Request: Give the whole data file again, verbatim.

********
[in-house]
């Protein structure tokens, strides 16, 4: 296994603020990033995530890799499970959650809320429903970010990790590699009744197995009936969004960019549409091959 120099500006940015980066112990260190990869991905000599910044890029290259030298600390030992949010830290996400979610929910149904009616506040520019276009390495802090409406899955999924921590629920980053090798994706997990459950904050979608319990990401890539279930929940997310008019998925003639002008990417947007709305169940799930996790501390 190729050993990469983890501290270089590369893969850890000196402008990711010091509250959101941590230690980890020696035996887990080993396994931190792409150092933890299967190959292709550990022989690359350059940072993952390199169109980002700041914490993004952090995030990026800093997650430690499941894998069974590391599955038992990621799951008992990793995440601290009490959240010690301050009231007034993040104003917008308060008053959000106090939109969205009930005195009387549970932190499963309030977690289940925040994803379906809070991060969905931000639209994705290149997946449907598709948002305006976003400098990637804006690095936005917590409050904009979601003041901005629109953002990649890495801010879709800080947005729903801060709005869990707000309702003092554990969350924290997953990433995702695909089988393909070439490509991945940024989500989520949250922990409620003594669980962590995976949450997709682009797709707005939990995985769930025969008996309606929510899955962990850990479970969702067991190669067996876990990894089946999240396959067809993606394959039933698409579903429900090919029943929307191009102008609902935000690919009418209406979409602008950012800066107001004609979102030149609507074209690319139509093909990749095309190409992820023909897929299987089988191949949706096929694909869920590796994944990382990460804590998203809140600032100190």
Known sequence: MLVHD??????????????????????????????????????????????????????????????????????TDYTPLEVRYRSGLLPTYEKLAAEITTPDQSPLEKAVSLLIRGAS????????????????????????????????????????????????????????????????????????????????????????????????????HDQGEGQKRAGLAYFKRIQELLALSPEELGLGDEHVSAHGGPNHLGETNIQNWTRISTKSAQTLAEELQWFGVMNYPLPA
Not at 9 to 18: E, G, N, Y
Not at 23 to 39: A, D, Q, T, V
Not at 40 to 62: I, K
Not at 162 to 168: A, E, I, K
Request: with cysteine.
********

[in-house]
């Protein structure tokens, strides 16, 4: 296994603020990033995530890799499970959650809320429903970010990790590699009744197995009936969004960019549409091959 120099500006940015980066112990260190990869991905000599910044890029290259030298600390030992949010830290996400979610929910149904009616506040520019276009390495802090409406899955999924921590629920980053090798994706997990459950904050979608319990990401890539279930929940997310008019998925003639002008990417947007709305169940799930996790501390 190729050993990469983890501290270089590369893969850890000196402008990711010091509250959101941590230690980890020696035996887990080993396994931190792409150092933890299967190959292709550990022989690359350059940072993952390199169109980002700041914490993004952090995030990026800093997650430690499941894998069974590391599955038992990621799951008992990793995440601290009490959240010690301050009231007034993040104003917008308060008053959000106090939109969205009930005195009387549970932190499963309030977690289940925040994803379906809070991060969905931000639209994705290149997946449907598709948002305006976003400098990637804006690095936005917590409050904009979601003041901005629109953002990649890495801010879709800080947005729903801060709005869990707000309702003092554990969350924290997953990433995702695909089988393909070439490509991945940024989500989520949250922990409620003594669980962590995976949450997709682009797709707005939990995985769930025969008996309606929510899955962990850990479970969702067991190669067996876990990894089946999240396959067809993606394959039933698409579903429900090919029943929307191009102008609902935000690919009418209406979409602008950012800066107001004609979102030149609507074209690319139509093909990749095309190409992820023909897929299987089988191949949706096929694909869920590796994944990382990460804590998203809140600032100190």
Known sequence: MLVHD??????????????????????????????????????????????????????????????????????TDYTPLEVRYRSGLLPTYEKLAAEITTPDQSPLEKAVSLLIRGAS????????????????????????????????????????????????????????????????????????????????????????????????????HDQGEGQKRAGLAYFKRIQELLALSPEELGLGDEHVSAHGGPNHLGETNIQNWTRISTKSAQTLAEELQWFGVMNYPLPA
Not at 9 to 18: E, G, N, Y
Not at 23 to 39: A, D, Q, T, V
Not at 40 to 62: I, K
Not at 162 to 168: A, E, I, K
Request: with cysteine.